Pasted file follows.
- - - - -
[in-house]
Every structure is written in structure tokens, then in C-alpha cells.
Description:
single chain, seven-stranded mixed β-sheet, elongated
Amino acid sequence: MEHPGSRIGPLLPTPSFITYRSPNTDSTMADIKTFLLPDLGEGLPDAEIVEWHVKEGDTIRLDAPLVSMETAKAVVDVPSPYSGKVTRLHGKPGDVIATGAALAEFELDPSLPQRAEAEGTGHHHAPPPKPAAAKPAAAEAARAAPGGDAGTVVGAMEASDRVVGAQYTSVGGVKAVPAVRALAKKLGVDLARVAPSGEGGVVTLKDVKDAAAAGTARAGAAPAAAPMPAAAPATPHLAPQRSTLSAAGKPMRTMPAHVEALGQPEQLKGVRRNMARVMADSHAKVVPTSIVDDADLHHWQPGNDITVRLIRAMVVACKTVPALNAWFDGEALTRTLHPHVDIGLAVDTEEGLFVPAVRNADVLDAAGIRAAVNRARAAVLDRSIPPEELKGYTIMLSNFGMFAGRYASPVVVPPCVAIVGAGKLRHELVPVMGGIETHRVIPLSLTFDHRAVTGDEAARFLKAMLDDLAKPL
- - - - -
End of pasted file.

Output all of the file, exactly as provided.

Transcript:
[in-house]
Every structure is written in structure tokens, then in C-alpha cells.
Description:
single chain, seven-stranded mixed β-sheet, elongated
Amino acid sequence: MEHPGSRIGPLLPTPSFITYRSPNTDSTMADIKTFLLPDLGEGLPDAEIVEWHVKEGDTIRLDAPLVSMETAKAVVDVPSPYSGKVTRLHGKPGDVIATGAALAEFELDPSLPQRAEAEGTGHHHAPPPKPAAAKPAAAEAARAAPGGDAGTVVGAMEASDRVVGAQYTSVGGVKAVPAVRALAKKLGVDLARVAPSGEGGVVTLKDVKDAAAAGTARAGAAPAAAPMPAAAPATPHLAPQRSTLSAAGKPMRTMPAHVEALGQPEQLKGVRRNMARVMADSHAKVVPTSIVDDADLHHWQPGNDITVRLIRAMVVACKTVPALNAWFDGEALTRTLHPHVDIGLAVDTEEGLFVPAVRNADVLDAAGIRAAVNRARAAVLDRSIPPEELKGYTIMLSNFGMFAGRYASPVVVPPCVAIVGAGKLRHELVPVMGGIETHRVIPLSLTFDHRAVTGDEAARFLKAMLDDLAKPL